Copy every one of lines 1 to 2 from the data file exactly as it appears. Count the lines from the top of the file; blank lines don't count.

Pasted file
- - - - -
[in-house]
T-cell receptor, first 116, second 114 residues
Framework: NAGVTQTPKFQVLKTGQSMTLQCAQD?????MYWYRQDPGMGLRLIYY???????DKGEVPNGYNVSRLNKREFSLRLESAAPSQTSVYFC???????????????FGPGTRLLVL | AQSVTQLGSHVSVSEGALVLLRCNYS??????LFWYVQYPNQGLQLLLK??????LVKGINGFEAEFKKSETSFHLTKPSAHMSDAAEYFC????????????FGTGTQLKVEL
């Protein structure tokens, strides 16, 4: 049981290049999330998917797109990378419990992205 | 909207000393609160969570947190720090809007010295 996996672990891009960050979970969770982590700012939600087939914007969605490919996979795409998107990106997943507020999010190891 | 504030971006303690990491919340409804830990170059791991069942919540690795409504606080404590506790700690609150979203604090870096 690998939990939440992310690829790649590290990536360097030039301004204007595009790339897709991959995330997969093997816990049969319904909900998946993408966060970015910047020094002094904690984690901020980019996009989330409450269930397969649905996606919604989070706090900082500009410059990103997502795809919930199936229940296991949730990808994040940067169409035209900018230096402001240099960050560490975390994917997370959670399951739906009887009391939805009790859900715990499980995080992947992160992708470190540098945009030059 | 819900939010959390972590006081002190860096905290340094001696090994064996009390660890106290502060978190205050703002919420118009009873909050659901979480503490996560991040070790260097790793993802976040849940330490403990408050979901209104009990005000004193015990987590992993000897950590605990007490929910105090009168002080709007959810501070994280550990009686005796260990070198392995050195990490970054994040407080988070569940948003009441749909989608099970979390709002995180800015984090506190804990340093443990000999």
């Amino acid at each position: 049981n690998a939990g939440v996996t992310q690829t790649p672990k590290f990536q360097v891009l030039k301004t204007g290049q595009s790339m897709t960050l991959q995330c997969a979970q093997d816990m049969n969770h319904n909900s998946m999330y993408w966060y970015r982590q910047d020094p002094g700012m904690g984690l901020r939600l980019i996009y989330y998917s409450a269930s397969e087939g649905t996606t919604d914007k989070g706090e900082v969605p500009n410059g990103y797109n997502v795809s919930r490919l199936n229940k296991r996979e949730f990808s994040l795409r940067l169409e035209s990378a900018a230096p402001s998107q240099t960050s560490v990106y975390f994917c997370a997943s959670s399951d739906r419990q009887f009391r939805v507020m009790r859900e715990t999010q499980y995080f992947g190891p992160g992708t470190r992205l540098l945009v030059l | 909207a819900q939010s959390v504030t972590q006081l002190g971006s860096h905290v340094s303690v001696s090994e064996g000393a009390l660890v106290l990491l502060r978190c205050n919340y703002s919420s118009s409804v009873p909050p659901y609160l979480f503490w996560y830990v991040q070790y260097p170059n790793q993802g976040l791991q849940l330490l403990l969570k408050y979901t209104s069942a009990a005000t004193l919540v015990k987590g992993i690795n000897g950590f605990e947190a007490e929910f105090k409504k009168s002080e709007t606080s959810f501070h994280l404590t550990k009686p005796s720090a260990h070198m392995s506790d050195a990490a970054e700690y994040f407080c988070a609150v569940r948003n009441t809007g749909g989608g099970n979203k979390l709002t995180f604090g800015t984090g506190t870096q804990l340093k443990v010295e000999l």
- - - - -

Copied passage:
[in-house]
T-cell receptor, first 116, second 114 residues